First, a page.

Our basement floor drains, there were 3, one in the entry under the back porch, one in the laundry area, and one towards the front, outside the area of the old "coal bin". The concrete had sockets set into it which accepted a large, "twist-in" fitting, about 4 inches in diameter. The twist-in plug was a cast-iron part having 3 prongs which mated with the female counterparts in the floor. The center of the plugs were threaded for 2-inch pipe, the "stand-pipe", which could be as high as desired. Thus, the stand-pipes were UN-twisted out of the floor drains, and stored away, to be inserted when heavy rains were predicted.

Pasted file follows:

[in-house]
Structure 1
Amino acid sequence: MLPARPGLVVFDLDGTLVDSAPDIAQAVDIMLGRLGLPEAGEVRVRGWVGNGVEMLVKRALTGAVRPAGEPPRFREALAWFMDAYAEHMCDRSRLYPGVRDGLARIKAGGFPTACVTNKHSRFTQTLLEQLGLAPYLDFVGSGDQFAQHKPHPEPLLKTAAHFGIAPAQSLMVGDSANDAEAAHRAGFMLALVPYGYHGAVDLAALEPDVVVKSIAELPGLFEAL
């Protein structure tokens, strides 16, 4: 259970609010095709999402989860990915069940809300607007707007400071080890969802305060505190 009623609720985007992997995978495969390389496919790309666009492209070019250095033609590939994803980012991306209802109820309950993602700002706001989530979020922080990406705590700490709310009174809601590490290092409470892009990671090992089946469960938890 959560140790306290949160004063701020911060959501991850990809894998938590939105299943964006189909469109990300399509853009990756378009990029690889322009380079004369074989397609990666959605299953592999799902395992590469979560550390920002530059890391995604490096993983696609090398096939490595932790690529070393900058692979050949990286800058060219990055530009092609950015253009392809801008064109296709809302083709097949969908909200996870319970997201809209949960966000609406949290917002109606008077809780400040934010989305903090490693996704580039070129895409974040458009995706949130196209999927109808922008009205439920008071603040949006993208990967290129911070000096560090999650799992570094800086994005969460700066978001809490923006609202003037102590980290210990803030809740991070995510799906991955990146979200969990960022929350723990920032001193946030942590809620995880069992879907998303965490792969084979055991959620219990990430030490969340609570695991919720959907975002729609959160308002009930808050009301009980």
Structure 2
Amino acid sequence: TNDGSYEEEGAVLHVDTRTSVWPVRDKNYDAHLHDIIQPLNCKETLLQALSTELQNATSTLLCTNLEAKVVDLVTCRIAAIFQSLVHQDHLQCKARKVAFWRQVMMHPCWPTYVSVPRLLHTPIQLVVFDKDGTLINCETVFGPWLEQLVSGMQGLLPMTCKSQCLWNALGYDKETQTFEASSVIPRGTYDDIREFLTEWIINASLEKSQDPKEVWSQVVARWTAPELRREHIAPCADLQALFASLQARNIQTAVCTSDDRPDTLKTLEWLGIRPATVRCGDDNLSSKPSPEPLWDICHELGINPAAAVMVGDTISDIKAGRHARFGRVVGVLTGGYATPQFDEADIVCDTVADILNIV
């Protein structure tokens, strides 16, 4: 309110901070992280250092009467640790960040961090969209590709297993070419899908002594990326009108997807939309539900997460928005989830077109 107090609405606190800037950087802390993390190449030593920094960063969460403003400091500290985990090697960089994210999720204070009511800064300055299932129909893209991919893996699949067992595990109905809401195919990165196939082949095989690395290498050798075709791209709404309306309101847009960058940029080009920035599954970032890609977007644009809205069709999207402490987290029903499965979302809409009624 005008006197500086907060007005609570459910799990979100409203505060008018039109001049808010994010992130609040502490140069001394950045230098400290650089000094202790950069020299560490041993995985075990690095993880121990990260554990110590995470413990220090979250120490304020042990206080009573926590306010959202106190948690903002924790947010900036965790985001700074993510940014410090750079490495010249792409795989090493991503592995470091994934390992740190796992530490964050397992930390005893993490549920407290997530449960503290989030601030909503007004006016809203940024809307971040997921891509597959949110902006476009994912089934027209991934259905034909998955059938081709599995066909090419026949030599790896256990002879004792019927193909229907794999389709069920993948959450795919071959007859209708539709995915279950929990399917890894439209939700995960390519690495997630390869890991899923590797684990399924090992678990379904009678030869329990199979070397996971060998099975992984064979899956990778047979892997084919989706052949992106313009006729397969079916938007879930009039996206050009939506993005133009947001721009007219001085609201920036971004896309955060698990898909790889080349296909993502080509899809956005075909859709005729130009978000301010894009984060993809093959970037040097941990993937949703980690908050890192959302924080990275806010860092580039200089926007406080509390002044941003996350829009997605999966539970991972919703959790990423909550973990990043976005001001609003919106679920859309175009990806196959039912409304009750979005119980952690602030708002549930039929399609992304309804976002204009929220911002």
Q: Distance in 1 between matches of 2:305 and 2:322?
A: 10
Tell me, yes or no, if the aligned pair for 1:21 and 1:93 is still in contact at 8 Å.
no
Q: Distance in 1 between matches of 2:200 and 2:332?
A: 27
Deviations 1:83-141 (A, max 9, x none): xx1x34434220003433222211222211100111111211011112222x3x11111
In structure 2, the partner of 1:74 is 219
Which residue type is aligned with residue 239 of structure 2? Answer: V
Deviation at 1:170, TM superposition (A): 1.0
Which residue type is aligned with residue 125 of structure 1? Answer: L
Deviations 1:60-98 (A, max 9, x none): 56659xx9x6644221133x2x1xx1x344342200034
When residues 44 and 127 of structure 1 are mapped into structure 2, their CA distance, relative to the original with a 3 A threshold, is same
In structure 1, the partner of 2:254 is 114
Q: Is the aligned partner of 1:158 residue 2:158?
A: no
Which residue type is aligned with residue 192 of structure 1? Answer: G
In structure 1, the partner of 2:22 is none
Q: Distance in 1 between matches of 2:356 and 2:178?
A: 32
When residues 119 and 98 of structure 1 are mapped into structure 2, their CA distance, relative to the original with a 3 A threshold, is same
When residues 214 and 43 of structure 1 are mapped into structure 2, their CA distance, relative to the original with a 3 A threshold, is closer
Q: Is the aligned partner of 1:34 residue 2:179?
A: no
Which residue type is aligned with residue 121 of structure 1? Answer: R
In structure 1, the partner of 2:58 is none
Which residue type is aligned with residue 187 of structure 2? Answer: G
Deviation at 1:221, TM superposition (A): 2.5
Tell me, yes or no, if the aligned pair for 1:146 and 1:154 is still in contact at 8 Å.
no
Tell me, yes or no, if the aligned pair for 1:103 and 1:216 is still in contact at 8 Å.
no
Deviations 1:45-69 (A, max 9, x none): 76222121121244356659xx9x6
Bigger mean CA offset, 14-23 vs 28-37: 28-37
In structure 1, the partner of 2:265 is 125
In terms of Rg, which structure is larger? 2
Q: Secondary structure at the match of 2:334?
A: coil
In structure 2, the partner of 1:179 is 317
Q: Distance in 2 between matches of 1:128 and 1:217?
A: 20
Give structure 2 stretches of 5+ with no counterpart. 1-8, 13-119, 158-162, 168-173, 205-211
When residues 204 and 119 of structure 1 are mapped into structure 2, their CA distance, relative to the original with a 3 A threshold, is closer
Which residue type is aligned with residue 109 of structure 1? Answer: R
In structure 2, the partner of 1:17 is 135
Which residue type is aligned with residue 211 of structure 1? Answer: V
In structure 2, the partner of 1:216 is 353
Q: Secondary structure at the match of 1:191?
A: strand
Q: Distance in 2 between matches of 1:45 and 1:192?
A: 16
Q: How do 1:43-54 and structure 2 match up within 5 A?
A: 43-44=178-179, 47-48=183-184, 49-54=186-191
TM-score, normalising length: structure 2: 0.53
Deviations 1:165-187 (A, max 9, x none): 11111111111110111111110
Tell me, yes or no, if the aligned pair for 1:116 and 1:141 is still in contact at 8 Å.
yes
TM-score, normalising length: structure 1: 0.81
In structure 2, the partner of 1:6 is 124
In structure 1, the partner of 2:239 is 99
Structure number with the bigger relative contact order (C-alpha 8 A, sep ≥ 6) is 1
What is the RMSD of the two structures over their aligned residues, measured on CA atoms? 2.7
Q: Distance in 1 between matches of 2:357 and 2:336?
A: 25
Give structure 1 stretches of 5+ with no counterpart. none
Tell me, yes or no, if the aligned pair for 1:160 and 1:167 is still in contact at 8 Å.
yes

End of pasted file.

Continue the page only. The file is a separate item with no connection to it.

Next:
The Senator is correct: High standpipes allowed pressure build-up beneath the concrete floor, a result of decades-old drain piping which allowed back-up leakage under the floor slab, when street drains were over-full, and backing up into folks' basements. Tales were told of buckled floors, heaved upwards by the water pressure beneath them. I never saw one, but do not discount the possibility. Our own floor was riddled with cracks, some quite wide, through which back-up water poured upwards into the basement in streams sometimes several inches high. This, I pictured, alleviated the possibility of a buckled floor slab, but did fill the basement with shit, pure and simple. berwynson